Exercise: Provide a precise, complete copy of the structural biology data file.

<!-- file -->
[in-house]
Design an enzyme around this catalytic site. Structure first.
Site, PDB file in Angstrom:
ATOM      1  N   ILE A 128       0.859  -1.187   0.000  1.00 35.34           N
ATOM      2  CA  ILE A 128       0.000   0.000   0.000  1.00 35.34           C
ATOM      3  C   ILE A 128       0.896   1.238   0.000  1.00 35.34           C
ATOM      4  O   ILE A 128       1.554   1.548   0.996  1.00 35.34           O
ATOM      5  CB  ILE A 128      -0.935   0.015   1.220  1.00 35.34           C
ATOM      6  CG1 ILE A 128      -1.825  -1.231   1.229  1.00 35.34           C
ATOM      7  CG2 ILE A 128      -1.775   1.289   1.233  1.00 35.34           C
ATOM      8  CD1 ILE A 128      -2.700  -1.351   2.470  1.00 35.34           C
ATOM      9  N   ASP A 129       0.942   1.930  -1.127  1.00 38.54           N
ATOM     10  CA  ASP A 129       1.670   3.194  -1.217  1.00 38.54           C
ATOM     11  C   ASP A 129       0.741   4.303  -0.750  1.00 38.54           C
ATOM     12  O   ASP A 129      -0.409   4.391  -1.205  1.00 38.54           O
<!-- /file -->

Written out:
[in-house]
Design an enzyme around this catalytic site. Structure first.
Site, PDB file in Angstrom:
ATOM      1  N   ILE A 128       0.859  -1.187   0.000  1.00 35.34           N
ATOM      2  CA  ILE A 128       0.000   0.000   0.000  1.00 35.34           C
ATOM      3  C   ILE A 128       0.896   1.238   0.000  1.00 35.34           C
ATOM      4  O   ILE A 128       1.554   1.548   0.996  1.00 35.34           O
ATOM      5  CB  ILE A 128      -0.935   0.015   1.220  1.00 35.34           C
ATOM      6  CG1 ILE A 128      -1.825  -1.231   1.229  1.00 35.34           C
ATOM      7  CG2 ILE A 128      -1.775   1.289   1.233  1.00 35.34           C
ATOM      8  CD1 ILE A 128      -2.700  -1.351   2.470  1.00 35.34           C
ATOM      9  N   ASP A 129       0.942   1.930  -1.127  1.00 38.54           N
ATOM     10  CA  ASP A 129       1.670   3.194  -1.217  1.00 38.54           C
ATOM     11  C   ASP A 129       0.741   4.303  -0.750  1.00 38.54           C
ATOM     12  O   ASP A 129      -0.409   4.391  -1.205  1.00 38.54           O